The installation presents language in development – we enter into a world that is by all appearances incomplete, but which has an unknown, self-sustaining structure.
In every shape, a word is remade, a world is re-imagined. Such a world includes human-made objects, symbols, but takes a radical position where meaning does not depend on an anthropocentric worldview. True to Guillermo Trejo’s politically-informed practice, the exhibition suggests the precarious relationship between oppression and dissidence, in language and the pursuit of an ideal.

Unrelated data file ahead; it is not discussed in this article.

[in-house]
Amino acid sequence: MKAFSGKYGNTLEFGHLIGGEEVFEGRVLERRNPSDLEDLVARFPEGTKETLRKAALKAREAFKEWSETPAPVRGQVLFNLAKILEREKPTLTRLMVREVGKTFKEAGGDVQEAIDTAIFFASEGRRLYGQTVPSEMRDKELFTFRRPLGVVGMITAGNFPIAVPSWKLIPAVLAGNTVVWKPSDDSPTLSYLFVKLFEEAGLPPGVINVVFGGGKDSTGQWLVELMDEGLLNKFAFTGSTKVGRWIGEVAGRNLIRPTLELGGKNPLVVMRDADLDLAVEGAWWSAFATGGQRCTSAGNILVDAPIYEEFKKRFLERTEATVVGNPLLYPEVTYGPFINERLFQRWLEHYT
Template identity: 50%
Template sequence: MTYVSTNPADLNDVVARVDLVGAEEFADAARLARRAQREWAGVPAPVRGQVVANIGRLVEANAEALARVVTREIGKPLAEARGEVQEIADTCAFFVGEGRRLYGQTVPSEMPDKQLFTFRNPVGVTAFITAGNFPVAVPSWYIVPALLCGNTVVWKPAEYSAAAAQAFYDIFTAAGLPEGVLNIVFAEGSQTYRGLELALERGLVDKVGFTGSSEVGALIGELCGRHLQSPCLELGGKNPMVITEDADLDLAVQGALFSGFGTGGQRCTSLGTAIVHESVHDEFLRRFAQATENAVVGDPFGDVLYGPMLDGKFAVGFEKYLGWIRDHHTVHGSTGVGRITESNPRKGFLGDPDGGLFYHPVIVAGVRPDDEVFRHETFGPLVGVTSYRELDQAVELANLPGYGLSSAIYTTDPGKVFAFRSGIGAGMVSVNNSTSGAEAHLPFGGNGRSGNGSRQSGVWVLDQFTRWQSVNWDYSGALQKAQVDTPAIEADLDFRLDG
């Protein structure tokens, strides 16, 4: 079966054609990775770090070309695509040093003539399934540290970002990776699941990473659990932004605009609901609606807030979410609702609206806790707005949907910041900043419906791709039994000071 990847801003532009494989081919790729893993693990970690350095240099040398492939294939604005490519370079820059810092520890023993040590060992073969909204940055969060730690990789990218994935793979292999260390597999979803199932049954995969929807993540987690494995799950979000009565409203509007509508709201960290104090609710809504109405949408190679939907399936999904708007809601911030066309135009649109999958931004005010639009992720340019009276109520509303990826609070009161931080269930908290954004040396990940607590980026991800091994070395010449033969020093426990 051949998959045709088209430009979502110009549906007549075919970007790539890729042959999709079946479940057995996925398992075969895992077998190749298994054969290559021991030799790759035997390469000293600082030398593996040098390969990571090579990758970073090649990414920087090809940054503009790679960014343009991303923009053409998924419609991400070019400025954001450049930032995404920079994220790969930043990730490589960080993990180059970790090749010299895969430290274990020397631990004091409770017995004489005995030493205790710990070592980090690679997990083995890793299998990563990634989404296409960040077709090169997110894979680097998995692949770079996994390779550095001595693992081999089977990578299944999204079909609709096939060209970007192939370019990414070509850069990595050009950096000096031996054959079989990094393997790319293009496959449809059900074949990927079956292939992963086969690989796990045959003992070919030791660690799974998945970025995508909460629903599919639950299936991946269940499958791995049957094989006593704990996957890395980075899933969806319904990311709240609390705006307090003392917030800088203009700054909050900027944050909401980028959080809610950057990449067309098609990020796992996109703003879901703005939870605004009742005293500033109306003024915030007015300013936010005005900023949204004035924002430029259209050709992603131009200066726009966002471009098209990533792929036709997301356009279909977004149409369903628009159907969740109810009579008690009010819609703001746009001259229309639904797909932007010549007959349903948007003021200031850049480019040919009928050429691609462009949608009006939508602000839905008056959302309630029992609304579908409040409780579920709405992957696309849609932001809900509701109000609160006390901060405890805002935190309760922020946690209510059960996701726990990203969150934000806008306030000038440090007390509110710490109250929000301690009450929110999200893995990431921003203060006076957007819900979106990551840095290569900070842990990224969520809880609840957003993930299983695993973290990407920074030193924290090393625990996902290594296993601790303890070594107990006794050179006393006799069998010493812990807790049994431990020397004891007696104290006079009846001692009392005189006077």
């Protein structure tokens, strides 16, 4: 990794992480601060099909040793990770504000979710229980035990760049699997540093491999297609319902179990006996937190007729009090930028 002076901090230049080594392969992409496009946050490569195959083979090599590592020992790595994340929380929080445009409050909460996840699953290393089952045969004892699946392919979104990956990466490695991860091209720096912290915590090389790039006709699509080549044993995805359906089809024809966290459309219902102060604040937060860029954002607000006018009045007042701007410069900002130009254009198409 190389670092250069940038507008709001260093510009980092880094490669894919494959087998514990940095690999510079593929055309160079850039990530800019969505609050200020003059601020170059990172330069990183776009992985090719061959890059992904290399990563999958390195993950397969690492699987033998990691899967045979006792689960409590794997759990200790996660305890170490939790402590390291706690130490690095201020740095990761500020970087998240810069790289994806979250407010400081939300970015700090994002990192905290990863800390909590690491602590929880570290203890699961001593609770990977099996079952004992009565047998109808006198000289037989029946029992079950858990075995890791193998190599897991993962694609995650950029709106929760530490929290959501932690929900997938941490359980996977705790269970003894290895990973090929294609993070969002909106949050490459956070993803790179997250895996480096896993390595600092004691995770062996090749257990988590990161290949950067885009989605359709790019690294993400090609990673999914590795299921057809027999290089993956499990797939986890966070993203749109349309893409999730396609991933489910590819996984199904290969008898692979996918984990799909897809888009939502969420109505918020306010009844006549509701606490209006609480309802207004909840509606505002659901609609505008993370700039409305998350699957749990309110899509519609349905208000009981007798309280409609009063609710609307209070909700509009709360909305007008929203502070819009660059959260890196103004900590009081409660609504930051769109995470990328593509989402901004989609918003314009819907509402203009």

* * *
Artist Guillermo Trejo writes,
It is about Plants, Modernism and Other Things is a series of woodcuts prints inspired originally by the shapes of plants blooming during spring. However, the project rapidly evolved into an independent project of system of abstraction that is contained under a series of aesthetic rules and constrained by a limitation of shapes and color.
This project reflects my interest in the idea of universality and art, as well as the possibilities associated with creating visual information that can be appreciated solely for its composition. In this context, art becomes a universal language. Walter Benjamin called this the"theory of pure art", that is an art that only has a connection with itself, so that contemplation would not be in relation to values and contexts of the viewer but with a deeper sensory nature or spiritual connection.